I was killing time last week with Super Freakonomics, a mildly interesting compilation of counterintuitive economic factoids, when I was struck by a term that explains a lot.
The authors were attempting to explain why nobody is ever going to do anything about global warming, other than what politicians do, which is contribute their fair share of hot air and methane. The problem, they claim, is the problem of externality.
Externality is the term economists use to describe a situation in which I create a problem, but somebody else pays the price. That is, the cost of my action is “external” to myself.
Global warming is, maybe, kind of, a byproduct of industrial civilization. We Americans contribute more than our fair share by living the Good Life, which includes automobiles and clothes dryers, both of which my parents lived without in the early 1950s. Honest. Now we are asking Indians and Chinese to forego the lifestyle we have come to enjoy, and the answer is (no surprise here) "Hell, no."
If we’ve been externalizing the problem for the last half-century, why shouldn’t they have the same privilege? Good luck explaining that to them in Copenhagen, President Obama.
But it struck me how often I feel like the Chinese. When I get a preauthorization request for a medicine, who benefits from the work of my nurse to fill it out and fax it back? It ain’t me. An insurance company is trying to save some money, and using my free labor to do so.
When I get a four-page disability form to complete, who benefits? When an attorney asks me to appear at a deposition or be available at a moment's notice to testify at trial, who is footing the bill? When a consultant prescribes a drug for a medical problem or a dentist performs a root canal, and makes himself unavailable for refills or questions on the weekend, why is it my problem just because I make sure someone always answers the phone?
The challenge is to figure out a way to make these yahoos internalize their externality, which is a fancy way to say “feel the pain they cause.”
Because we are lowly family physicians, we have to take this problem seriously if we want to eat dinner with our wives and children. Sometimes, I confess, passive-aggression is the best tool.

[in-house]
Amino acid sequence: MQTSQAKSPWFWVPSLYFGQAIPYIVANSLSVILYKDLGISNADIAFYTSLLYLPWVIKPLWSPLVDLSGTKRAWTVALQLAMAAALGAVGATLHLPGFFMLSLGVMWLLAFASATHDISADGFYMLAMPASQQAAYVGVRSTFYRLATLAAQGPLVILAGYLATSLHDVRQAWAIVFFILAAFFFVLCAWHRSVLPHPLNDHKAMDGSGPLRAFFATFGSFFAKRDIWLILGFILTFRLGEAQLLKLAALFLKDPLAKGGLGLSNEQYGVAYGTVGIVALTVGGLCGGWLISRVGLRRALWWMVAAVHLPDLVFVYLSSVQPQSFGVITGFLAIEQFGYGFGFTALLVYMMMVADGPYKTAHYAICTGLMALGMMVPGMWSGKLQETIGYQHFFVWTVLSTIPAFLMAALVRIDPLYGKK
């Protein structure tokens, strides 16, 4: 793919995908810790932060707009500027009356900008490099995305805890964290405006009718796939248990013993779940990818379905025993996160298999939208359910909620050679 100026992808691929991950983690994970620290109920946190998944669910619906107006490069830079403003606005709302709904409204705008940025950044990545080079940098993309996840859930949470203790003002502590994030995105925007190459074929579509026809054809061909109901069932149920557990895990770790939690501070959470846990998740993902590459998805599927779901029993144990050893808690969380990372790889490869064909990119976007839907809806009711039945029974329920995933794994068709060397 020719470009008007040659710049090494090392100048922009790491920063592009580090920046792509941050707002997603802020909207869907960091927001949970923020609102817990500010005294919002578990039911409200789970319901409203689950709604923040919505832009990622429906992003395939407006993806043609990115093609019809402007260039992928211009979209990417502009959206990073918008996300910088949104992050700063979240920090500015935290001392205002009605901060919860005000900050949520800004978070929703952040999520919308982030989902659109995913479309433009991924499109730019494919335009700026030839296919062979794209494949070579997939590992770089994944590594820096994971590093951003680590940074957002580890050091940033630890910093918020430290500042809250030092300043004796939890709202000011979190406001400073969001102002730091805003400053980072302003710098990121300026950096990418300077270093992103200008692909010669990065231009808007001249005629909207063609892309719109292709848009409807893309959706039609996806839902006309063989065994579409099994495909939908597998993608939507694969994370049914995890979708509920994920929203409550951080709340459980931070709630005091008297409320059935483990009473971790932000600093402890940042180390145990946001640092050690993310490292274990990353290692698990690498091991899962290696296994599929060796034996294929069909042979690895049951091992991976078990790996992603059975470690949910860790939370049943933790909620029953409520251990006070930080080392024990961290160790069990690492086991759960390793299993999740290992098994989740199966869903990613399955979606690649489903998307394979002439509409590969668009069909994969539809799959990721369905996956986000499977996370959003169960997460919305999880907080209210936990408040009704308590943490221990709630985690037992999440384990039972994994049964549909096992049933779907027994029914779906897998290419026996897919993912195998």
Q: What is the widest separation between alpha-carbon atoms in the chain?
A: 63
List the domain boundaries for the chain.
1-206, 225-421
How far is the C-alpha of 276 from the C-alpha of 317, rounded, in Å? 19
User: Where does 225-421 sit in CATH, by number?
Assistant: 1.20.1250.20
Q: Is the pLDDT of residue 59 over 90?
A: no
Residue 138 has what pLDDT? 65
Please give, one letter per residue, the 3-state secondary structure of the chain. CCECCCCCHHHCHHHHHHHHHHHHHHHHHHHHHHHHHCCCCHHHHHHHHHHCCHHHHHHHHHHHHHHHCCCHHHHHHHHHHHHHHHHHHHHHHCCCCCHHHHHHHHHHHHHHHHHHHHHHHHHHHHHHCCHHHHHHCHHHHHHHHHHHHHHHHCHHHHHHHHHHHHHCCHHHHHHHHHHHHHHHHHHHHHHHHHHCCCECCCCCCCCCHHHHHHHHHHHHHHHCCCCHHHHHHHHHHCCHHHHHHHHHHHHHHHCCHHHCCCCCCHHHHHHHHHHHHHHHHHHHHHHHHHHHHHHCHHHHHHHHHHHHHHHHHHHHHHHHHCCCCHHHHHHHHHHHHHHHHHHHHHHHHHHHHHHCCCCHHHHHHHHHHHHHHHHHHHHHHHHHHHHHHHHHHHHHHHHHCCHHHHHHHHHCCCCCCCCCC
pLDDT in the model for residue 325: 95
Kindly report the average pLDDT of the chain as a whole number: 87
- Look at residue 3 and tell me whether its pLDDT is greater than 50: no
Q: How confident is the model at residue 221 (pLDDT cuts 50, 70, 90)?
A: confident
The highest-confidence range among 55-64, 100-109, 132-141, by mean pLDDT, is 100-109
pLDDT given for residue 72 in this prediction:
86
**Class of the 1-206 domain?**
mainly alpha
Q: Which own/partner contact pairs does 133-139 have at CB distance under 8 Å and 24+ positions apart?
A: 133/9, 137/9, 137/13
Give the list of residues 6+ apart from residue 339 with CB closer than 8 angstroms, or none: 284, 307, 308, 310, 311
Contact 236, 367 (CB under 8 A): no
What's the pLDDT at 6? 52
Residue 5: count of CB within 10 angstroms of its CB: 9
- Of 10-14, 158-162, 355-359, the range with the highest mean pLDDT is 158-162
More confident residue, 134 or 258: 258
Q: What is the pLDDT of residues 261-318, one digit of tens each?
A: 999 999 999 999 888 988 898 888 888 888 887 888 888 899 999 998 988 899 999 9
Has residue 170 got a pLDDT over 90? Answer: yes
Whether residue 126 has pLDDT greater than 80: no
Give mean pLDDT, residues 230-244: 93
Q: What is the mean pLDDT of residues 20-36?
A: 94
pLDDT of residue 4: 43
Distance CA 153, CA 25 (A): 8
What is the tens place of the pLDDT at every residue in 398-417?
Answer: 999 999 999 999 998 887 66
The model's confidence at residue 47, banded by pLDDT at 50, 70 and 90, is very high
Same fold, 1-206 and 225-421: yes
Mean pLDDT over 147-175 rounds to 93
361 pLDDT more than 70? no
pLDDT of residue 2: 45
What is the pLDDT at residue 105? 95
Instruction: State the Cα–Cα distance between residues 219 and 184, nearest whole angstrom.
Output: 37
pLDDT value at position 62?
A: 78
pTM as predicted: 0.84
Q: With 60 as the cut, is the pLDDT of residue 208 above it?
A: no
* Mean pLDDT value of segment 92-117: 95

For my patient’s attorney, I always ask if he is wanting expert testimony or mere factual testimony. He has the right to subpoena me, for free; I have the right to do absolutely nothing more than read what I have written in the chart. If we wants an interpretation or explanation, well, now I’m an expert, and my fee for that work is my hourly gross income. The trial will be out of town? Now it’s getting expensive, because every minute I’m asked to be out of the office is going to be paid in advance.
That’s why I’ve never had to testify in court.
Forms are a time-consuming hassle, and I find that I just can’t fill them out accurately unless the patient is with me, in the exam room. The record is never sufficiently detailed. That costs the patient a co-pay, and the company (indirectly) the rest of the cost of the visit.
Because I can’t punish my patient for the dereliction of other professionals, and I can’t get my pound of flesh out of them, I just have to let them externalize all over me. Ditto with preauthorizations, unless I simply refuse to use expensive drugs. Because I’m fanatic about cost-effectiveness and generics, I suspect I suffer less than my colleagues.
Old business: In a past article I recommended investing in offshore hospitals if American medical care keeps heading toward the edge of a cliff. A fascinating front-page story in the Wall Street Journal on Nov. 21 (“The Henry Ford of Heart Surgery”) shows how close we are.
India’s Dr. Devi Shetty, once Mother Teresa’s heart surgeon, is going to build a hospital in the Caymans that would serve Americans seeking lower-cost health care. And he can do it. His flagship 1,000-bed heart hospital charges an average of $2,000 for open-heart surgery, with better results than in America, where the comparable charge is $20,000 to $50,000.